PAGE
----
Signaling by Retinoic Acid

Stable Identifier
Homo sapiens
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Vitamin A (retinol) can be metabolised into active retinoid metabolites that function either as a chromophore in vision or in regulating gene expression transcriptionally and post-transcriptionally. Genes regulated by retinoids are essential for reproduction, embryonic development, growth, and multiple processes in the adult, including energy balance, neurogenesis, and the immune response. The retinoid used as a cofactor in the visual cycle is 11-cis-retinal (11cRAL). The non-visual cycle effects of retinol are mediated by retinoic acid (RA), generated by two-step conversion from retinol (Napoli 2012). All-trans-retinoic acid (atRA) is the major activated metabolite of retinol. An isomer, 9-cis-retinoic acid (9cRA) has biological activity, but has not been detected in vivo, except in the pancreas. An alternative route involves BCO1 cleavage of carotenoids into retinal, which is then reduced into retinol in the intestine (Harrison 2012). The two isomers of RA serve as ligands for retinoic acid receptors (RAR) that regulate gene expression. (Das et al. 2014). RA is catabolised to oxidised metabolites such as 4-hydroxy-, 18-hydroxy- or 4-oxo-RA by CYP family enzymes, these metabolites then becoming substrates for Phase II conjugation enzymes (Ross & Zolfaghari 2011).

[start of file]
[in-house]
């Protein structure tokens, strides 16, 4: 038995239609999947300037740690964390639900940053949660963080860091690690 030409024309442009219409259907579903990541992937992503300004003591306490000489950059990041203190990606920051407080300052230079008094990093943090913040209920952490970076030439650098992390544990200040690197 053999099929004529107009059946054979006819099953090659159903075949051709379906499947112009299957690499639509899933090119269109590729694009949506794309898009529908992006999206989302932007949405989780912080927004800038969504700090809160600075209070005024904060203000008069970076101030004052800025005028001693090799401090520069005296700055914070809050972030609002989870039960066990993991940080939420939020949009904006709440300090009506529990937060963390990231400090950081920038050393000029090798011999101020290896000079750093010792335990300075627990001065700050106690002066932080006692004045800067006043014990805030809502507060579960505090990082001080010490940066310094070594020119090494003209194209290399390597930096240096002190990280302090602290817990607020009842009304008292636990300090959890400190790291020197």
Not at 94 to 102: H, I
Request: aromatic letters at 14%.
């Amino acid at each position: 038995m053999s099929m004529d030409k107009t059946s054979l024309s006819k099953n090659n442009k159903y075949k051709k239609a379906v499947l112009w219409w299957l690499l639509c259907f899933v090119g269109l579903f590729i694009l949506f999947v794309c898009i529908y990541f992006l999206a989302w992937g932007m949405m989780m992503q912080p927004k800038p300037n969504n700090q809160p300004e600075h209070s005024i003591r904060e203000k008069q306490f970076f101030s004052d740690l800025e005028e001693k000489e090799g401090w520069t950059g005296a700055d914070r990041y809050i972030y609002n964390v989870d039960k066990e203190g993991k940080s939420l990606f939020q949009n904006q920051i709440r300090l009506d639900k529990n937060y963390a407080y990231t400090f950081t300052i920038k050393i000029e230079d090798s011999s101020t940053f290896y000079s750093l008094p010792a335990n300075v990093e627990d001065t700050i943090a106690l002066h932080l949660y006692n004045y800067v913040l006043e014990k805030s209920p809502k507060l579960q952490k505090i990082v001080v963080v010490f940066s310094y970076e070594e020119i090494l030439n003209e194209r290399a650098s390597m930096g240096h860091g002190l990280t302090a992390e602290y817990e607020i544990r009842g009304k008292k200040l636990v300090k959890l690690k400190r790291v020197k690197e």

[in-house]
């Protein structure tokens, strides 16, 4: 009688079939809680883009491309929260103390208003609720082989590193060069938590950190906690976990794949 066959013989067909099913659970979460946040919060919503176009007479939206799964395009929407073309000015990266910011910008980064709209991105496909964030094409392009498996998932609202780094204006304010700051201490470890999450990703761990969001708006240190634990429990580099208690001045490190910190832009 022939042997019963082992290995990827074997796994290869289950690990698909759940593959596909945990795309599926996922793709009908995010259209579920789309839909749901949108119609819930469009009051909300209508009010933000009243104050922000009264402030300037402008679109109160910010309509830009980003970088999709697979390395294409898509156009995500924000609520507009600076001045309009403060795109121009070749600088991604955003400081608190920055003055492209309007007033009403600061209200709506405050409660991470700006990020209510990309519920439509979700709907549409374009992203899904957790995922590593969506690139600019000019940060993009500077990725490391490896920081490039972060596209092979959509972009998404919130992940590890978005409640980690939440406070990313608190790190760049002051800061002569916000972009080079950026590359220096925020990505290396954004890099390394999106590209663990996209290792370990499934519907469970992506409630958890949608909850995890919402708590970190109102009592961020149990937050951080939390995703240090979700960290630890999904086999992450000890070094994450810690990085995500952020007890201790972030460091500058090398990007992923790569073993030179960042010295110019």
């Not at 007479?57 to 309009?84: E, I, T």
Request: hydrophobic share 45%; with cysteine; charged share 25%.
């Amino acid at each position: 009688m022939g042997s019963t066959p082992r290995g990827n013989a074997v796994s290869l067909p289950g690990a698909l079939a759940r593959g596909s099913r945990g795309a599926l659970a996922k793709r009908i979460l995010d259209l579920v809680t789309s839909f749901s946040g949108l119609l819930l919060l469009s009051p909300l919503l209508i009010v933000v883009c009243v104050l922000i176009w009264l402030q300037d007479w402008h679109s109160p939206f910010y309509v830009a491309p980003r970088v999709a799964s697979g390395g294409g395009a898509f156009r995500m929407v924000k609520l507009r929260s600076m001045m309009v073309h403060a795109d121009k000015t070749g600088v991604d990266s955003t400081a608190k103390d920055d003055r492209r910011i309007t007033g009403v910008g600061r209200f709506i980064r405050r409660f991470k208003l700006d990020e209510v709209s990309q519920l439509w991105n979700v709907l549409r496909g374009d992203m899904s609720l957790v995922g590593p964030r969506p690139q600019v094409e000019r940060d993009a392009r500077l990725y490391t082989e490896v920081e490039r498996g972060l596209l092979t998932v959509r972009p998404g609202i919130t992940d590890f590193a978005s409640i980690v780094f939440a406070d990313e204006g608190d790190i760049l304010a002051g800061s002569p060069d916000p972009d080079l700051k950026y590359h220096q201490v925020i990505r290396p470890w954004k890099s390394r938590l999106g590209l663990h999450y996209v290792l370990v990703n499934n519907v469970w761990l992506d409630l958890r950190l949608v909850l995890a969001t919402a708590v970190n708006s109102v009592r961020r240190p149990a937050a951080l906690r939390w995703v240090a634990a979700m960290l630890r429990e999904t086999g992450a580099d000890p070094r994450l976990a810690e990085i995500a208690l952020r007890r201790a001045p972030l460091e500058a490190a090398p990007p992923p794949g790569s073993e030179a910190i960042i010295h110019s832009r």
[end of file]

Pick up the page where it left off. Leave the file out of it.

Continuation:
Literature References
PubMed ID Title Journal Year
21718801 Mechanisms involved in the intestinal absorption of dietary vitamin A and provitamin A carotenoids

Harrison, EH

Biochim. Biophys. Acta 2012
21621639 Physiological insights into all-trans-retinoic acid biosynthesis

Napoli, JL

Biochim. Biophys. Acta 2012
21529158 Cytochrome P450s in the regulation of cellular retinoic acid metabolism

Ross, AC, Zolfaghari, R

Annu. Rev. Nutr. 2011
24393720 Retinoic acid signaling pathways in development and diseases

Karki, R, Torregroza, I, Mahapatra, S, Kambhampati, S, Das, S, Evans, T, Thapa, P, Das, BC, Verma, A, Wallace, DP, Ray, SK, Van Veldhuizen, P, Liu, TC

Bioorg. Med. Chem. 2014
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